Thrombin Induced Apoptosis through Calcium-Mediated Activation of Cytosolic Phospholipase A2 in Intestinal Myofibroblasts

Biomol Ther (Seoul). 2022 Sep 2. doi: 10.4062/biomolther.2022.043. Online ahead of print.


Thrombin is a serine protease that participates in a variety of biological signaling through protease-activated receptors. Intestinal myofibroblasts play central roles in maintaining intestinal homeostasis. In this study, we found that thrombin-induced apoptosis is mediated by the calcium-mediated activation of cytosolic phospholipase A2 in the CCD-18Co cell. Thrombin reduced cell viability by inducing apoptosis and proteinase-activated receptor-1 antagonist attenuated thrombin-induced cell death. Endogenous ceramide did not affect the cell viability itself, but a ceramide-mediated pathway was involved in thrombin-induced cell death. Thrombin increased intracellular calcium levels and cytosolic phospholipase A2 activity. The ceramide synthase inhibitor Fumonisin B1, intracellular calcium chelator BAPTA-AM, and cytosolic phospholipase A2 inhibitor AACOCF3 inhibited thrombin-induced cell death. Thrombin stimulated arachidonic acid release and reactive oxygen species generation, which was blocked by AACOCF3, BAPTA-AM, and the antioxidant reagent Trolox. Taken together, thrombin triggered apoptosis through calcium-mediated activation of cytosolic phospholipase A2 in intestinal myofibroblasts.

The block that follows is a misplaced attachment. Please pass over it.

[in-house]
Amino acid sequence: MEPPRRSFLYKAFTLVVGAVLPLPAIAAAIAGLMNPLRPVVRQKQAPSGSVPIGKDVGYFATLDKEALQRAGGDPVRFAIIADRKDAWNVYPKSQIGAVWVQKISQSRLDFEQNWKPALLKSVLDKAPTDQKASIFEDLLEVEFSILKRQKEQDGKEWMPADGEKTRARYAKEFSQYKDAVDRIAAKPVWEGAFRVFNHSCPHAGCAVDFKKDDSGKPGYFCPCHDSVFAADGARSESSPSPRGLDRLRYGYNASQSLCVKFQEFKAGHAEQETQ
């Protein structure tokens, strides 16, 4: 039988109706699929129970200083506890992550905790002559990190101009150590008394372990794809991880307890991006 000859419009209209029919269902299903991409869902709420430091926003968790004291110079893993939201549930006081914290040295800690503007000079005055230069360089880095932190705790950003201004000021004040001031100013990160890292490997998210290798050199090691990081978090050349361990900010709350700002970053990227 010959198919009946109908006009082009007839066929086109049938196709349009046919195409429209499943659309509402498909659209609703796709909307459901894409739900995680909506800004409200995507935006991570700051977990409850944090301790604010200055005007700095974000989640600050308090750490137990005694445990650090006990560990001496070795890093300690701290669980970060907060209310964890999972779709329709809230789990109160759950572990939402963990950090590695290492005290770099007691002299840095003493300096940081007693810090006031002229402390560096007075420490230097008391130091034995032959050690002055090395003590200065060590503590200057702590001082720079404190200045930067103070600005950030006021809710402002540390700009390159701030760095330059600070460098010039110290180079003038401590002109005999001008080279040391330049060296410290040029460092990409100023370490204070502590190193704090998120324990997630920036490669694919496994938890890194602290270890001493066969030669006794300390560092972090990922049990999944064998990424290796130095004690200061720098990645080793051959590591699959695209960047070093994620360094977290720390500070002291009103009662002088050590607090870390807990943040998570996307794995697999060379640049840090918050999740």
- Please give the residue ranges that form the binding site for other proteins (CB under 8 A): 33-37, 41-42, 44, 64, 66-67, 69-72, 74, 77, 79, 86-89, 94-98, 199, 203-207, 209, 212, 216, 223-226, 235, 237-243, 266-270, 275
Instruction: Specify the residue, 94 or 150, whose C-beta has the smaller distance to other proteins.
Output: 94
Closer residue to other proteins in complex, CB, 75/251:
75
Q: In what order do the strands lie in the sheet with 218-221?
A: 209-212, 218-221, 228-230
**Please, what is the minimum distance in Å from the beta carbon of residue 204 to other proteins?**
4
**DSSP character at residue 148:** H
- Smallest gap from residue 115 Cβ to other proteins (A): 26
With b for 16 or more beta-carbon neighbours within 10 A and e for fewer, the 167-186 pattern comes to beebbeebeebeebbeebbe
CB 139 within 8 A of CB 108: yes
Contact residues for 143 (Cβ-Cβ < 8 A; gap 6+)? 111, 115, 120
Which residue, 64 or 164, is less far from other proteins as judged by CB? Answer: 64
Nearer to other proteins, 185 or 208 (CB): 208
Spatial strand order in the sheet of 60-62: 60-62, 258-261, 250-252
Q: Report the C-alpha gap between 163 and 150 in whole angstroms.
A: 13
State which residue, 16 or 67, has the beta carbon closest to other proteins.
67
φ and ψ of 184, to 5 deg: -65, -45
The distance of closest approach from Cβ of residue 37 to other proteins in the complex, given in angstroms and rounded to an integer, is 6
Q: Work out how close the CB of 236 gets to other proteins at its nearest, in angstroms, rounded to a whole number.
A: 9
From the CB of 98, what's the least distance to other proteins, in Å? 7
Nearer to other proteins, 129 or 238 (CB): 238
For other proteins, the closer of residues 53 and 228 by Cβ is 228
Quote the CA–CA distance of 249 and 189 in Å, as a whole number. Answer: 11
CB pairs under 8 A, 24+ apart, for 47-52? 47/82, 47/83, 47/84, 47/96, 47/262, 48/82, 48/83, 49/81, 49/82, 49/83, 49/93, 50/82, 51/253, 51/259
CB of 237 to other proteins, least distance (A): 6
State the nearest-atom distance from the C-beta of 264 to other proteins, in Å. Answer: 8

Keywords: Apoptosis; Arachidonic acid; CCD-18Co; ROS; Thrombin.